|Photo: Marla Skiko|
This pervasive connectivity is thanks in large part to the rise of mobile ubiquity. A mobile phone is not just a third screen; it is akin to a third hand, indispensably and obsessively attached to our bodies. A July 2016 dscout study showed that the average person touches his or her mobile phone over 2,600 times per day (inclusive of each type, swipe, tap or click).
Depending on the specific demographic and region, people are spending crazy amounts of time across screens looking down versus up — almost half of their time in some countries in Asia. In reality, this screen obsession is really a connection obsession: at all costs, people want to be in the know. This all-consuming desire to be “always on” powers not just what people do, but also how and what they buy.
Those of us in marketing circles are also keenly aware that, beyond people, connectivity now extends to “things.” Devices and appliances from auto to home and more are connecting at a rapid pace. The Internet of Things extends beyond connected home and car — to the sensors and cloud computing that will eventually allow for everything, everywhere to be connected, smart and efficient. Nowhere will this be more evident than here at CES in Las Vegas this week. The IOT and the connectivity it allows will be the backdrop to much of what we see.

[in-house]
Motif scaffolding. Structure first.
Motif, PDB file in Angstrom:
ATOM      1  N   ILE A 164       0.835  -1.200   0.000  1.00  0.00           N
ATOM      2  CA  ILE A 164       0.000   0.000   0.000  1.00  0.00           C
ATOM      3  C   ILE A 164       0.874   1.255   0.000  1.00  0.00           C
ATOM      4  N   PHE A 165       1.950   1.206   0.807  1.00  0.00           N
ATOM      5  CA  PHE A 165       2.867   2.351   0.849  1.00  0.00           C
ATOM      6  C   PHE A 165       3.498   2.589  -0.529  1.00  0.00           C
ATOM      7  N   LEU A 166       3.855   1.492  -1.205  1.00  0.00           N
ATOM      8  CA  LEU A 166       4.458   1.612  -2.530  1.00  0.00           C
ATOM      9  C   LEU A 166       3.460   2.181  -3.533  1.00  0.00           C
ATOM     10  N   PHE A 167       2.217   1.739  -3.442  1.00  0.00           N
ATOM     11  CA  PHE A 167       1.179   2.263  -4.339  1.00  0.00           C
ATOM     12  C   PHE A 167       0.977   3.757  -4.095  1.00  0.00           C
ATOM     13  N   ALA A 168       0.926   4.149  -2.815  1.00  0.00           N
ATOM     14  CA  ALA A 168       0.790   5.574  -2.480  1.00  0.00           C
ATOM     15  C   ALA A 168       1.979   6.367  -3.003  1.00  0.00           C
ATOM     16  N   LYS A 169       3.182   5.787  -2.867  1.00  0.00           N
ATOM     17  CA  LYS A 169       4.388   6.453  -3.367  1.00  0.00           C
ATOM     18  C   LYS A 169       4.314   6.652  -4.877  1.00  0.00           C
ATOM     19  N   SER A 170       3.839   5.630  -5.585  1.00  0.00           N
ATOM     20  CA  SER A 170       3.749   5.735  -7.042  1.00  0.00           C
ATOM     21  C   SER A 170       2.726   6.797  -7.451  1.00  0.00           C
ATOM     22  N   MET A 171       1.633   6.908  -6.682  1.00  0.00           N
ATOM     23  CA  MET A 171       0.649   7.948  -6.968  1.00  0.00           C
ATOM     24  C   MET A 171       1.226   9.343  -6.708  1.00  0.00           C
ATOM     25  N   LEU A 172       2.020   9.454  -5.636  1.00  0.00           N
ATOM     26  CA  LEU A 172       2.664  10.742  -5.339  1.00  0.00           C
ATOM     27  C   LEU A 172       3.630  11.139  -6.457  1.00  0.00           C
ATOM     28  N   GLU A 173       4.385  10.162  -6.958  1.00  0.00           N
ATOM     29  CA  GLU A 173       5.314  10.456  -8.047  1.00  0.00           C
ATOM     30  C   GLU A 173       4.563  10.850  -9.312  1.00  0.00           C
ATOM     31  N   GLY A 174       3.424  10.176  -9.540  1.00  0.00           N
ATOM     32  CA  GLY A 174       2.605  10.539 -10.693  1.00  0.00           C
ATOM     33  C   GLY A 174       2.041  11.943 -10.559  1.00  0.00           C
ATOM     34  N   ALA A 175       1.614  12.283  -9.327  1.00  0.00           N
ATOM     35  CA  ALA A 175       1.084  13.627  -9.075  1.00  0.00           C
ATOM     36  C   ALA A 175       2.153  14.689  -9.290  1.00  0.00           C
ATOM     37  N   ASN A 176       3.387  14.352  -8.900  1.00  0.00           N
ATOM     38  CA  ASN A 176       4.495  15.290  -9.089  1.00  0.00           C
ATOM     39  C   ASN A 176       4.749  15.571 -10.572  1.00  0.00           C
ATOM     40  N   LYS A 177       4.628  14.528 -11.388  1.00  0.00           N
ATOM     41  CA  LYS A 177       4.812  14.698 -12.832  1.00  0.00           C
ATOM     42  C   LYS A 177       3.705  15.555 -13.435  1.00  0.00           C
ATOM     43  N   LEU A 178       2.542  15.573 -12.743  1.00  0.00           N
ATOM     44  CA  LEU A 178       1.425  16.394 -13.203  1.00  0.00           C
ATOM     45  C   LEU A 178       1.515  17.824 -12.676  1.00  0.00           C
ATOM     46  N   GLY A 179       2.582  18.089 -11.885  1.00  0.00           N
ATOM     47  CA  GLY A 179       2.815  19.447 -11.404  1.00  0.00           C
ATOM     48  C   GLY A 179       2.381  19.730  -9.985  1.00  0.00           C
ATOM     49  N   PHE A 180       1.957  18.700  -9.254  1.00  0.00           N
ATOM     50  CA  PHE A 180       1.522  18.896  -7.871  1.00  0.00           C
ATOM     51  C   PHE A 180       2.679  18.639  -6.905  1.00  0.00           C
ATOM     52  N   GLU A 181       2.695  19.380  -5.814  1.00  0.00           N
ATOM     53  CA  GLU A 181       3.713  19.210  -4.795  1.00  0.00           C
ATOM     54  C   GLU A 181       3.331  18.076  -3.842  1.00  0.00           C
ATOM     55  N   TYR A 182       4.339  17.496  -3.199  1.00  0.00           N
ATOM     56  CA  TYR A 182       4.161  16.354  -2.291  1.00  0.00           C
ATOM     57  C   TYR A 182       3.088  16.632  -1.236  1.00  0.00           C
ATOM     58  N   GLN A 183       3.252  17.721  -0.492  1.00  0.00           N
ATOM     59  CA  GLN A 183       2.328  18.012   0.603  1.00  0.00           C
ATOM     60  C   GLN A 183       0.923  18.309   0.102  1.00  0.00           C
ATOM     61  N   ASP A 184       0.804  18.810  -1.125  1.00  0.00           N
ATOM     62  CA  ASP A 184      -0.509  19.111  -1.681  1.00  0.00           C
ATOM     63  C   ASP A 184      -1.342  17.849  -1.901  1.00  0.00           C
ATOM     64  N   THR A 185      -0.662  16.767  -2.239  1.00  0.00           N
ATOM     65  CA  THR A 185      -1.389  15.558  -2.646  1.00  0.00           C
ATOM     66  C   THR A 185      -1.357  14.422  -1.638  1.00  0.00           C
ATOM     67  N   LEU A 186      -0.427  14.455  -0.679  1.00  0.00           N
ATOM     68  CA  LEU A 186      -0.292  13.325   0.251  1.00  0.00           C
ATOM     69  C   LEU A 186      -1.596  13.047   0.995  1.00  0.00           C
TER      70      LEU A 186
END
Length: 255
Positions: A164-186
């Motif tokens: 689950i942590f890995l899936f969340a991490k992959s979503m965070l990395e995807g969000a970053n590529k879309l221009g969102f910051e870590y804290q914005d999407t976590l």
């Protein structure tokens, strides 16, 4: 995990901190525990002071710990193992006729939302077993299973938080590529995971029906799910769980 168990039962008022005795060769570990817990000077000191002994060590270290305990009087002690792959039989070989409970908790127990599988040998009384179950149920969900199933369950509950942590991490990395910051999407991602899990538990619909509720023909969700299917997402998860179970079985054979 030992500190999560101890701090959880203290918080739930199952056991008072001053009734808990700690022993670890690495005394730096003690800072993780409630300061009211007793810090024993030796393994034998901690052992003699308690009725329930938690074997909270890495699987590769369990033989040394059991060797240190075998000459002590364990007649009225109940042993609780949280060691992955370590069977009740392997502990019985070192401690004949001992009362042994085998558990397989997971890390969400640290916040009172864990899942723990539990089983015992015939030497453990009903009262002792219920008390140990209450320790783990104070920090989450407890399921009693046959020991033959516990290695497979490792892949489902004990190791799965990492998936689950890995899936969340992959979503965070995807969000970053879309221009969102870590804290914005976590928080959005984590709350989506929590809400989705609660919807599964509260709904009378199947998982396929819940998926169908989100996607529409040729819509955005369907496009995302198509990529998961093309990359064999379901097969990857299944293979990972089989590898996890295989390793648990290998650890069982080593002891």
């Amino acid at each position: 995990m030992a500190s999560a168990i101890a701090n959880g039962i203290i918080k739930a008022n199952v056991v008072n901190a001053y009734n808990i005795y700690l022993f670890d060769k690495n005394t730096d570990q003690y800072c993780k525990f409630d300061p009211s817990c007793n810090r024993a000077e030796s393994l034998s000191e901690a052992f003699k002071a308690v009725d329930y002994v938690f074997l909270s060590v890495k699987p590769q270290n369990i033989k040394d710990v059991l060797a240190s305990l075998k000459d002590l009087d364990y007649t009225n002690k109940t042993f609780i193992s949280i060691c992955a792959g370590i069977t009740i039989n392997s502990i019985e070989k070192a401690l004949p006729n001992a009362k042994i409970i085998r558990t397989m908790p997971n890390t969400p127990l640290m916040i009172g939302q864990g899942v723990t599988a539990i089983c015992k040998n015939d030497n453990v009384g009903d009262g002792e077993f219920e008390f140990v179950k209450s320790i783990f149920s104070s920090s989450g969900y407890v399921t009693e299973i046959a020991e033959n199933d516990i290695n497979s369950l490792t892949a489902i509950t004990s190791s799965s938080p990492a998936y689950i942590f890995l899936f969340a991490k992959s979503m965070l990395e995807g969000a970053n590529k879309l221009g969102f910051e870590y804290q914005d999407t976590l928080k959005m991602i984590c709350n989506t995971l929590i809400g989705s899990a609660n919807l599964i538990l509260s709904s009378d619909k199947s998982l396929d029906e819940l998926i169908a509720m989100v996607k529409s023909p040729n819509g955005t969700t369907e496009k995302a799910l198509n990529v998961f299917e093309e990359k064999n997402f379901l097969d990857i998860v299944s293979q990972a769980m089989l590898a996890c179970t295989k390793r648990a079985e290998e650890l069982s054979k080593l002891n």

With the proliferation of device interconnectivity, we start to see how device interaction will begin to intermediate human interaction. Soon it will be the norm for the alarm clock to wake you up at 6 a.m. and signal the coffee maker to start the coffee. When the coffee runs low, the coffee machine will signal the home assistant to order more, which will be delivered by another machine, perhaps a drone. Every interaction in this process will happen automatically — without a human clicking, calling or tapping on any device. We’re not there yet, but we will be.
Source: MediaPost Communications